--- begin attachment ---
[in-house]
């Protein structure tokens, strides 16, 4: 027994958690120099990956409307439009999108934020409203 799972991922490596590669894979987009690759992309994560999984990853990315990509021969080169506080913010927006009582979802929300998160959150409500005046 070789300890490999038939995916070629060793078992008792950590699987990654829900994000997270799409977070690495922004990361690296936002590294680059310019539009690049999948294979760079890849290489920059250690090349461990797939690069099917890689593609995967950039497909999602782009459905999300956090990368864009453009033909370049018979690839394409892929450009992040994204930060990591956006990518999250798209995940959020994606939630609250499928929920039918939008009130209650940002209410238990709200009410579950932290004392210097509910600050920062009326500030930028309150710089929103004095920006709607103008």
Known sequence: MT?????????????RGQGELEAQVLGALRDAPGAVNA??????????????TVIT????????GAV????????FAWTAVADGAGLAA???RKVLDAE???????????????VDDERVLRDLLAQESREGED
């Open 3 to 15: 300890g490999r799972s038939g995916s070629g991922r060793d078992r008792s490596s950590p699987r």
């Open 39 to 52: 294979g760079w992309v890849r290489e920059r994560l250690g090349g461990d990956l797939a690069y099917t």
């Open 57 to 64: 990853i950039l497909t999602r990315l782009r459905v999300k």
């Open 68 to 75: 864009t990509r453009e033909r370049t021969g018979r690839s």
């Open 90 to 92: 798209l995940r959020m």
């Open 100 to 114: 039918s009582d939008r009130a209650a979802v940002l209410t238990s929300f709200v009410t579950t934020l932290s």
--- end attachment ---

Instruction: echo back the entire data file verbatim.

[in-house]
């Protein structure tokens, strides 16, 4: 027994958690120099990956409307439009999108934020409203 799972991922490596590669894979987009690759992309994560999984990853990315990509021969080169506080913010927006009582979802929300998160959150409500005046 070789300890490999038939995916070629060793078992008792950590699987990654829900994000997270799409977070690495922004990361690296936002590294680059310019539009690049999948294979760079890849290489920059250690090349461990797939690069099917890689593609995967950039497909999602782009459905999300956090990368864009453009033909370049018979690839394409892929450009992040994204930060990591956006990518999250798209995940959020994606939630609250499928929920039918939008009130209650940002209410238990709200009410579950932290004392210097509910600050920062009326500030930028309150710089929103004095920006709607103008």
Known sequence: MT?????????????RGQGELEAQVLGALRDAPGAVNA??????????????TVIT????????GAV????????FAWTAVADGAGLAA???RKVLDAE???????????????VDDERVLRDLLAQESREGED
């Open 3 to 15: 300890g490999r799972s038939g995916s070629g991922r060793d078992r008792s490596s950590p699987r």
């Open 39 to 52: 294979g760079w992309v890849r290489e920059r994560l250690g090349g461990d990956l797939a690069y099917t």
């Open 57 to 64: 990853i950039l497909t999602r990315l782009r459905v999300k």
């Open 68 to 75: 864009t990509r453009e033909r370049t021969g018979r690839s």
């Open 90 to 92: 798209l995940r959020m």
């Open 100 to 114: 039918s009582d939008r009130a209650a979802v940002l209410t238990s929300f709200v009410t579950t934020l932290s």